Picture by: ebay
Paraffin Wax, thank goodness my aunt pulled this one out just in time for this weeks WWII post. I'm beginning to run out of common household items to continue this series. In the next couple of weeks I'll be putting a new twist on this series, so make sure that you come back for more WWII fun and information.
Paraffin Wax Uses:
- Jams & Jellies – to preserve, fill a canning jar a ½ inch from the top with jam. While the jam is still hot pour melted (food grade) wax over the top to seal.
- Bottles – to seal, dip the top of the bottle in melted wax.
- Irons – to keep them smooth, rub hot iron over a bar of wax wrapped in cloth.
- Drawers – to lubricate, rub a bar of wax over the sliders.
- Windows – to keep them opening and closing smoothly, run a bar of wax over the tracks.
- Zippers – to keep them from sticking, rub the teeth of the zipper with a bar of wax.
- Snow Shovels – to help the snow slide off of the shovel, rub a bar of wax over a dry shovel.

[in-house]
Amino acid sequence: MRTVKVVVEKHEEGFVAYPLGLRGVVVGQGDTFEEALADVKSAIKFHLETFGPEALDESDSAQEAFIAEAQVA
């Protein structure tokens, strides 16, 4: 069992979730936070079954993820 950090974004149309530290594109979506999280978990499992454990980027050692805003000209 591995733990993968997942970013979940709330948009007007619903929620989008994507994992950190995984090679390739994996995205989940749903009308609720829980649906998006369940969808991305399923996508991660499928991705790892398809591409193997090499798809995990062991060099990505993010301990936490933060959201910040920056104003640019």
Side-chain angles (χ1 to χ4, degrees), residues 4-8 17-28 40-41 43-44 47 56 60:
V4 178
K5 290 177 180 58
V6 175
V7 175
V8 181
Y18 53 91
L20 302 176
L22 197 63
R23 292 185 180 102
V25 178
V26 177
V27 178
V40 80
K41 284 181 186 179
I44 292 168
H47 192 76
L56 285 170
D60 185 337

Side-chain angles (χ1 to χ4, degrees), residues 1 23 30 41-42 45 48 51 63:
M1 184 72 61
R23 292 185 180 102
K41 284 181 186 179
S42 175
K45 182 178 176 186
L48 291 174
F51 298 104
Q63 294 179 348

- Toboggans – to lubricate, rub the skis with a bar of wax.
- Trash cans – to keep things from sticking, coat the inside with melted wax.
- Chocolate Making – for a shiny coat, add a little (food grade) wax to the melted chocolate.
- Hard Cheese – to keep it fresh, dip the exposed cheese in melted (food grade) wax.
- Handrails – to lubricate, rub the handrails with a bar of wax.
- Steel or Iron – to prevent oxidation, rub the surface with a bar of wax.
- Fruits and Vegetables – to keep fresh longer, dip the fruit or vegetables in melted (food grade) wax. This will slow down the moisture loss and keep them from spoiling.
- Candles – to make your own, there are several tutorials on the web for making your own candles.
- Hands & Feet – to soften, dip hands and feet into a low-temp wax bath. Wait 10-15 minutes then remove the wax.
- Crayons – to make your own, all you need is paraffin wax and some pigments.
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I'm linked up to these great parties: